According to Vu, phở was introduced to Southern Vietnam in the 1950s after the Geneva Accord partitioned Vietnam into the Communist North and the Western-supported South, prompting a huge exodus of half a million Vietnamese from the north to the south, bringing with them their culinary heritage.

Today, the image of a phở vendor with his shoulder pole only existed on nostalgic posters or pictures from the past - same as their peers, the itinerant satay vendors of old Singapore or the nasi kandar vendors of old Penang.

For me, I’d rather think that phở bò shared the same origins as Teochew beef noodles, like the one I had here in Nibong Tebal.

The beef noodles here contained blanched “koay teow” noodles and beansprouts, thinly-sliced beef, beef tendon, tripe and intestines, topped with chopped fresh coriander.

A small saucer of spicy red chili sauce is served on the side, with a dollop of golden-fried minced garlic in the middle.

Address
Ah Teh Kopitiam (同兴隆茶室)
Corner of Jalan Atas and Jalan Pengkalan Rawa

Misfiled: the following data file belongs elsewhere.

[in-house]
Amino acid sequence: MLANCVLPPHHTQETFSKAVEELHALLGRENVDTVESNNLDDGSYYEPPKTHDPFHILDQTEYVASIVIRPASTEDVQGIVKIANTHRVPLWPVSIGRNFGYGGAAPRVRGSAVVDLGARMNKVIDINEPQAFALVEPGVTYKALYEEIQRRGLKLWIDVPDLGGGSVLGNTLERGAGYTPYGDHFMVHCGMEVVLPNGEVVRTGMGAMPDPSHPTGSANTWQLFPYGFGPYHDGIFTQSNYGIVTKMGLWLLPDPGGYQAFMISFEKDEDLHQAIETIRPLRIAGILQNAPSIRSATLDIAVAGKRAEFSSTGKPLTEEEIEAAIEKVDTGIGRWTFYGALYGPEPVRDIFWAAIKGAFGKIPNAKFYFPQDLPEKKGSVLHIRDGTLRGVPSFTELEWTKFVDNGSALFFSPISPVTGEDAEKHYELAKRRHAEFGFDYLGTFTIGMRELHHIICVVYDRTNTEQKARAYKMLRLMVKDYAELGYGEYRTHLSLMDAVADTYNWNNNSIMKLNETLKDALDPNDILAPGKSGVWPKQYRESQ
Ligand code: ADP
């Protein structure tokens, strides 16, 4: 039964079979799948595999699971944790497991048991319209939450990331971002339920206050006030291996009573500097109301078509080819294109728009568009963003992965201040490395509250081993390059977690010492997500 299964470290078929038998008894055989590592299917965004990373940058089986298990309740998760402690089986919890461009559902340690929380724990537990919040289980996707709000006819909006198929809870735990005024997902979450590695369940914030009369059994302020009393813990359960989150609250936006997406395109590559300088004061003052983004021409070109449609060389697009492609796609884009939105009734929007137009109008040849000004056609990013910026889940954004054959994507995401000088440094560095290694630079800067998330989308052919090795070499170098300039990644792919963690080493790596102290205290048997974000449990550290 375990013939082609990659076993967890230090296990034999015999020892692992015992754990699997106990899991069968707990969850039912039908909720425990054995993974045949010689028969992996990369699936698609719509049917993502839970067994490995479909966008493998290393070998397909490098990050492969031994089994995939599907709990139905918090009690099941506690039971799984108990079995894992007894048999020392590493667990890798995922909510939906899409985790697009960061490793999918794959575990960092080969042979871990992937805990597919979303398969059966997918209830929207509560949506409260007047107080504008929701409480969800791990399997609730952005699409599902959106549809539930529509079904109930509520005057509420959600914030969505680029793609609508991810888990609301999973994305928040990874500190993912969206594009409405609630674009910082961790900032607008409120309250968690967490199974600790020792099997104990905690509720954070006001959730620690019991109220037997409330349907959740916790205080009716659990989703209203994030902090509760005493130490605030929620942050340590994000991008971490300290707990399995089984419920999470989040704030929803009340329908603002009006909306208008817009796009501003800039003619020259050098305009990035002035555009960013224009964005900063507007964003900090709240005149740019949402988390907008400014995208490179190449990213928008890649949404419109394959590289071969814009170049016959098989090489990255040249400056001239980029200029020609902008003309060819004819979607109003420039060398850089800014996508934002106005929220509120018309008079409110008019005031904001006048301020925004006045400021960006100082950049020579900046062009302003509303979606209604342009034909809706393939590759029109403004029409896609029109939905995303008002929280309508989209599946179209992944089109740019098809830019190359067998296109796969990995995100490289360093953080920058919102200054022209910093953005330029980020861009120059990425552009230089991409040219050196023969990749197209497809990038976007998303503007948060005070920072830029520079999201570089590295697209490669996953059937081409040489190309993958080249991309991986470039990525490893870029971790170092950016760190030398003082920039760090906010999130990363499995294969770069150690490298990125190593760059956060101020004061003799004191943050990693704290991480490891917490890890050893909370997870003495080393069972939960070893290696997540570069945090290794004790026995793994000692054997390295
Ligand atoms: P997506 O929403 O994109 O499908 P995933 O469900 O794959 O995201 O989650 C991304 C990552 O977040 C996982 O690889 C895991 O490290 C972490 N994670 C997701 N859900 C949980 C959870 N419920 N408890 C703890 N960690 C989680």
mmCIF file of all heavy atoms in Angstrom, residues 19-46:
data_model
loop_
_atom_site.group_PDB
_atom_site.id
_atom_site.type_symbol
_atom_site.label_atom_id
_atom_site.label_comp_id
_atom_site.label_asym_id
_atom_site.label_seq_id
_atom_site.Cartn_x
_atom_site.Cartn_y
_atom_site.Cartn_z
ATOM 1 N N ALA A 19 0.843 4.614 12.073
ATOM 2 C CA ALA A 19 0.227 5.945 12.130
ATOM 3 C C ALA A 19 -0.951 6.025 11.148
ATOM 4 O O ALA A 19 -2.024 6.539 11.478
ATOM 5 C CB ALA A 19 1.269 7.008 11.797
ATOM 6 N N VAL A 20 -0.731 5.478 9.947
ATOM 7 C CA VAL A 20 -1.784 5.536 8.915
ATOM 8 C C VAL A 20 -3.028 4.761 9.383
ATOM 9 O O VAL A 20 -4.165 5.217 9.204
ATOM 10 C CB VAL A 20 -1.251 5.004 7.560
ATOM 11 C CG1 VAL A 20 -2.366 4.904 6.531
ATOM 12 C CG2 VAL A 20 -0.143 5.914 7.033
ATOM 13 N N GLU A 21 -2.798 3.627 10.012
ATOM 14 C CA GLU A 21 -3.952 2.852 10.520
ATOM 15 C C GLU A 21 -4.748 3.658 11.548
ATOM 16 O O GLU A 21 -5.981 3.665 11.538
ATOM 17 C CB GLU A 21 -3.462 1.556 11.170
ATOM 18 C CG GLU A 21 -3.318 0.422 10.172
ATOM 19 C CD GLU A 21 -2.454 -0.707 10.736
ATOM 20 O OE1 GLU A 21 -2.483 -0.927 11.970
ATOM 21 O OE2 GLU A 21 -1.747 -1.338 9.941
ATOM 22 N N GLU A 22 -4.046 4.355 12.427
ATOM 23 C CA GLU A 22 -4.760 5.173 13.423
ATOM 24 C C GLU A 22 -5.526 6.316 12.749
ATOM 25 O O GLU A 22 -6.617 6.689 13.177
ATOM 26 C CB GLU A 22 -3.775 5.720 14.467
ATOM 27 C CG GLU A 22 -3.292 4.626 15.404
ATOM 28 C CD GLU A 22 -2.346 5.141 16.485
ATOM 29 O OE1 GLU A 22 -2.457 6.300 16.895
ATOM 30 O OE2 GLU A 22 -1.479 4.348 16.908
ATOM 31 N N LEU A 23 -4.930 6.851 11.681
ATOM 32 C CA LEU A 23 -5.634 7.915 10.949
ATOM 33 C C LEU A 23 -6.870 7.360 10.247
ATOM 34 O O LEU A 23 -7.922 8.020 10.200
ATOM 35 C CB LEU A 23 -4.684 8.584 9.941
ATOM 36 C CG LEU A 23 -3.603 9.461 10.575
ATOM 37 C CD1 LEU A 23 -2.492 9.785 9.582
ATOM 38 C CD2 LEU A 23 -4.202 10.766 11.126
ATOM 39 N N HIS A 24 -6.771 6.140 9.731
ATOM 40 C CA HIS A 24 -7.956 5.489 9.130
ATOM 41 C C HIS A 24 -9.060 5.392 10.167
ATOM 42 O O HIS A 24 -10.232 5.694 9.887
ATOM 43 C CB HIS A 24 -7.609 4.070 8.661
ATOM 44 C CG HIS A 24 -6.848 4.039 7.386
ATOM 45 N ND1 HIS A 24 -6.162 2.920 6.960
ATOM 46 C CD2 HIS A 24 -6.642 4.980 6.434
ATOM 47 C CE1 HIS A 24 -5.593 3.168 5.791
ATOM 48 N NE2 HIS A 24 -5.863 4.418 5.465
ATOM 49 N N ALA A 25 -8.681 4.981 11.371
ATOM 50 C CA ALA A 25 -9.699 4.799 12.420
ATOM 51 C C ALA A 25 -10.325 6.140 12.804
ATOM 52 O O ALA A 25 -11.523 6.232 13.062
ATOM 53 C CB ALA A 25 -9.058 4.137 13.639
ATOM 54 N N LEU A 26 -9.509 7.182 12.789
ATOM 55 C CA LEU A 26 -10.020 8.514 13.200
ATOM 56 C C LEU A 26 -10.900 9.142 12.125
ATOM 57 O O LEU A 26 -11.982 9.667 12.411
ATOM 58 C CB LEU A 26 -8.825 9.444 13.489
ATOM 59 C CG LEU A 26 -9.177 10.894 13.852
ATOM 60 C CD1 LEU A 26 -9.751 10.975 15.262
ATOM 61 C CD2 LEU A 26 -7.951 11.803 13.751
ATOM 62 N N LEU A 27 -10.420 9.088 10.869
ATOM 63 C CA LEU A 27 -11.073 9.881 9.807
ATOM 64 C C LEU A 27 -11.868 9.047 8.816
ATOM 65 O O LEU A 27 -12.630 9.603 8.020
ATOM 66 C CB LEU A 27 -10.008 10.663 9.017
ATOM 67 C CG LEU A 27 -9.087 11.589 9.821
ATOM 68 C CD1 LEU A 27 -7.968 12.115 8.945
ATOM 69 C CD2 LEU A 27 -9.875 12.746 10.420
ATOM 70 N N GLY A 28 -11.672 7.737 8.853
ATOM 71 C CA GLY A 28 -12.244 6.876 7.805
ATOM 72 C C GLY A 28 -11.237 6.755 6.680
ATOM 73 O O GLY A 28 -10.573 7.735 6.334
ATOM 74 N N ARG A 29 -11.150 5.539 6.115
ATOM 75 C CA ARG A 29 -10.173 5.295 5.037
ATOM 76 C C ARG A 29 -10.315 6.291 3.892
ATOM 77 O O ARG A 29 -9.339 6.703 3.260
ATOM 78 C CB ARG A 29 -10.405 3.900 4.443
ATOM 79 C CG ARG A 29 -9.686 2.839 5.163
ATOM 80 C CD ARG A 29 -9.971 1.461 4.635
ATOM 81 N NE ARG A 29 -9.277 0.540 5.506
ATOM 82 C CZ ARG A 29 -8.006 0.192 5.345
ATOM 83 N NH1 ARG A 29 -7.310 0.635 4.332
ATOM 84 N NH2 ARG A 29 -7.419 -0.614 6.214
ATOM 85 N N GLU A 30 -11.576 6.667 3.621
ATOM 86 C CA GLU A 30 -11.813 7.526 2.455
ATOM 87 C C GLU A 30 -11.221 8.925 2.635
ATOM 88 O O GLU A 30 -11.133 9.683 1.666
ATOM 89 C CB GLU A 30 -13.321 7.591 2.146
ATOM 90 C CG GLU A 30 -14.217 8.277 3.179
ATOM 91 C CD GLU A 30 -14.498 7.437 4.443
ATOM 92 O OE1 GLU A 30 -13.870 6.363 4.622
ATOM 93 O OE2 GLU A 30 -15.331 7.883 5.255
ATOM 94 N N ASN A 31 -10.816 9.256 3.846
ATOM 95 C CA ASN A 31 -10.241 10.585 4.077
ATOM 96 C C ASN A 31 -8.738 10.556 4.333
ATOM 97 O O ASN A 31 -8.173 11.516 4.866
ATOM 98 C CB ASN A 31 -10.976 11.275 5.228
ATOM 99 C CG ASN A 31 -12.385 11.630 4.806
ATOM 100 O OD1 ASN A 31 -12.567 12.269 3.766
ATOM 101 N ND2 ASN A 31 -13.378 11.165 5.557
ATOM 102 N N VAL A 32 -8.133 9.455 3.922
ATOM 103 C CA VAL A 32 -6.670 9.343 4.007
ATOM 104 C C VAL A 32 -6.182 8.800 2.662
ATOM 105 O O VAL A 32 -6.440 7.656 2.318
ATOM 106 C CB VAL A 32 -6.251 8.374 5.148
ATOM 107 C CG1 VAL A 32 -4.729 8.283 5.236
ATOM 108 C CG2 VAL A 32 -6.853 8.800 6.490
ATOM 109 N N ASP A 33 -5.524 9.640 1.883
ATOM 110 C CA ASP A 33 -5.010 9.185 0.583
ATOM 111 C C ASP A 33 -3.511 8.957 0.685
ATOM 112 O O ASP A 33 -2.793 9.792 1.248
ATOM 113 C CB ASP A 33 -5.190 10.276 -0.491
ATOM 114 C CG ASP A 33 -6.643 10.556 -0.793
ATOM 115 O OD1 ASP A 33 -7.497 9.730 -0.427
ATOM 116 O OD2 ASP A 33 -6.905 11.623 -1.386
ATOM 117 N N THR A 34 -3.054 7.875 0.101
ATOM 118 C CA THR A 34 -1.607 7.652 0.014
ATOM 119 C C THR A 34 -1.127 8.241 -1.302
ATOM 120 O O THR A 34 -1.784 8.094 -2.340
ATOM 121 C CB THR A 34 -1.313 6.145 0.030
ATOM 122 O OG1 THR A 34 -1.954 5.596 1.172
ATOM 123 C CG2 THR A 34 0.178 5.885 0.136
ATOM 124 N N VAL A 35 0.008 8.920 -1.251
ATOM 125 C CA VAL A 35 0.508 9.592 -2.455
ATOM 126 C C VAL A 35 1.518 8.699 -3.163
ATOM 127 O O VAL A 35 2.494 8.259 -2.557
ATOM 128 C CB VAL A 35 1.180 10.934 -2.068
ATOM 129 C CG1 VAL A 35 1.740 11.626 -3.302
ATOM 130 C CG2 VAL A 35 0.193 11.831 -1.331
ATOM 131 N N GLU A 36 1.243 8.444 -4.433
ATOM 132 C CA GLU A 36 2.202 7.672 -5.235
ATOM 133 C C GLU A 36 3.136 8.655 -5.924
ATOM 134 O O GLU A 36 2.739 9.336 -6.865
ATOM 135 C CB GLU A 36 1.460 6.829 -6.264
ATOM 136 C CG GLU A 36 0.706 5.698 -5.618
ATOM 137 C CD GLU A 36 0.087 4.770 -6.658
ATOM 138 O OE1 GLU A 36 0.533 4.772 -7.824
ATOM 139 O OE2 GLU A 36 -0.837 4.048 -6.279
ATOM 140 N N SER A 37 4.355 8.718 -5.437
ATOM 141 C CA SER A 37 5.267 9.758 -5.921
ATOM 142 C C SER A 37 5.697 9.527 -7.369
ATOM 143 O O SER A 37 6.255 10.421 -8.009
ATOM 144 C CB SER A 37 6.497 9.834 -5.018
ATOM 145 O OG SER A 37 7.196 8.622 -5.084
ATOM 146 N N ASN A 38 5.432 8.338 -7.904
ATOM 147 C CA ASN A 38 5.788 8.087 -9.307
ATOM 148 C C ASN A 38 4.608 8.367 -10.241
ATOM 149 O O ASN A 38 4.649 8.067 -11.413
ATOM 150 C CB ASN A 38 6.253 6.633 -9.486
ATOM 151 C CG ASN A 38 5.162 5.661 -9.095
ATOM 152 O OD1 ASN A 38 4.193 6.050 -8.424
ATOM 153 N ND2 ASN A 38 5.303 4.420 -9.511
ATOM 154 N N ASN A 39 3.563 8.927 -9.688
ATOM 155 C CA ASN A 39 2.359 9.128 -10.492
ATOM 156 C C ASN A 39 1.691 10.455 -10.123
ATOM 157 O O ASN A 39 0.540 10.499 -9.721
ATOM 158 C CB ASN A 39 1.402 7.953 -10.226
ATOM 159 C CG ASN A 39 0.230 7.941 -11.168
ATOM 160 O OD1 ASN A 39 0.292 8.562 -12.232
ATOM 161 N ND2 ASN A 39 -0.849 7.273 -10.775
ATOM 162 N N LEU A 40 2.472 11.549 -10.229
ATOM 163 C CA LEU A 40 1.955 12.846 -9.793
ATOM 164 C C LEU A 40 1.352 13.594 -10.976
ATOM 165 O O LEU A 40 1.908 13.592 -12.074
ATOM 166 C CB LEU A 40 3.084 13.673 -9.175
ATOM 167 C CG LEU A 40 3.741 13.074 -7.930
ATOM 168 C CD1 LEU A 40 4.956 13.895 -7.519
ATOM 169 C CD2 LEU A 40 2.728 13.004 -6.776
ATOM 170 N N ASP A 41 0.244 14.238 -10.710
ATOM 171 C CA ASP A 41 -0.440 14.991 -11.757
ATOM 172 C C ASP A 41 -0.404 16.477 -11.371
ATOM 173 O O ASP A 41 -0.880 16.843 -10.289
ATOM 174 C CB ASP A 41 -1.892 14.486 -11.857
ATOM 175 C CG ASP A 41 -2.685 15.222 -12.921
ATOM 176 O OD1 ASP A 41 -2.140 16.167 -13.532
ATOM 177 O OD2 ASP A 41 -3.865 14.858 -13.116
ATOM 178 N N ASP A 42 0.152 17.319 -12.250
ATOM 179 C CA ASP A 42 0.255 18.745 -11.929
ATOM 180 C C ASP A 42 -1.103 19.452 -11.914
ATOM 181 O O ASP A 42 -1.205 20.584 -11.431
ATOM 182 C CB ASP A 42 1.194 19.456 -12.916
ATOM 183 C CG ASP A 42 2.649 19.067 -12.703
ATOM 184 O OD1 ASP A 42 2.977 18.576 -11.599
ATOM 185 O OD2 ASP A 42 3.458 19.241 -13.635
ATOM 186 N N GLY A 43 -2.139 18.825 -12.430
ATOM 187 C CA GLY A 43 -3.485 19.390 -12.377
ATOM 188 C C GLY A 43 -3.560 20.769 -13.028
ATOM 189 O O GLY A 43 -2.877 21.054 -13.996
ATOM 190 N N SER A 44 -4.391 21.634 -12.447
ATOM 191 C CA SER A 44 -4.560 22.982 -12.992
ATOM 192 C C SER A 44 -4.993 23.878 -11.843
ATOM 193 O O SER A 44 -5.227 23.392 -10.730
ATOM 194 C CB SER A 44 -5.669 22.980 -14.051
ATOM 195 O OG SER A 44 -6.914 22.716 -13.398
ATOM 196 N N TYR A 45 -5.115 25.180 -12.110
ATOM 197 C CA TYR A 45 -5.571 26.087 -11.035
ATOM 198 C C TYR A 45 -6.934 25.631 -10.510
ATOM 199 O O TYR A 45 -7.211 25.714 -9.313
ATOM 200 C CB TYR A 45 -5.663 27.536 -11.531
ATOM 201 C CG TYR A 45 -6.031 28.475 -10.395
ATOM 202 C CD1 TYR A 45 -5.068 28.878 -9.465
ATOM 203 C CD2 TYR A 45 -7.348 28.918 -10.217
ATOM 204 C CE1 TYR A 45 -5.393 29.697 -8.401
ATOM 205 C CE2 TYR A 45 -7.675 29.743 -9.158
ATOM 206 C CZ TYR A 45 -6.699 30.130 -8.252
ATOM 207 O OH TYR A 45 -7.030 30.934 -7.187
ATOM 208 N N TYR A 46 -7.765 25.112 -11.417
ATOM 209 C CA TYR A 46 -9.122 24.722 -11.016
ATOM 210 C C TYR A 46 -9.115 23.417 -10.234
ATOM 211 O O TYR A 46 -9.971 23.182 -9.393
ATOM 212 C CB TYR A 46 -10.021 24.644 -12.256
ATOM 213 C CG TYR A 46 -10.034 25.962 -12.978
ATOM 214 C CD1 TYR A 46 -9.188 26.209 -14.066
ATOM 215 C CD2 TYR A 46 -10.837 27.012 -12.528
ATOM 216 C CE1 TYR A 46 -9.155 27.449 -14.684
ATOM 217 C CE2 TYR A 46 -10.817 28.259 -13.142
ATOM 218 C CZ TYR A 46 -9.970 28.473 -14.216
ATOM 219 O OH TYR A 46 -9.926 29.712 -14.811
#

14300 Nibong Tebal, Malaysia
Operating hours: 7.30am to 3pm daily

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We might never know the exact origin of Vietnamese Pho. This one looks good to me. I’m a soup fiend and will enjoy almost all (noodle) soups.

Speaking of soup, I make this soup sometimes using carcass from roasted duck, with salted lemons and noodles. In a Chinese cookery book I used to have it said the soup is “Chinese” but didn’t specify from which subgroup. Have you heard of this soup and maybe know something more about it? I use Moroccan preserved limes but you are supposed to use salted calamansi limes.

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I’d not heard of a soup made from roasted duck and salted lemons, but if your cookbook is tailored for the American kitchen, it may have been adapted from a common Hokkien/Fujianese soup using duck (not roasted), salted plums and preserved mustard leaves.

The Hokkiens and Straits Chinese (Peranakan/Baba-Nyonya) in Singapore and Malaysia love this soup - in Penang, it’s called “kiam chye ark”, whereas in Singapore, it’s called “itik tim”.

Thanks. Maybe it’s the same soup they love in Malaysia and Singapore.

It’s me who uses the carcass of roasted duck. The recipe calls for whole or parts of a duck. Whilst I’m familiar with preserved mustard greens in soups I had in China, but it’s the salted limes that I find interesting and delicious in this kind of soup. Sour goes great with rich broths and fatty cuts of meat.

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Try this recipe and see. Normally, we like to use a whole duck, quartered - it seemed to give a “fuller” flavour.

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Thanks. I shall give this a go. If I can’t make it to the usual Chinese supermarket this weekend then I use the salted dried plums I have.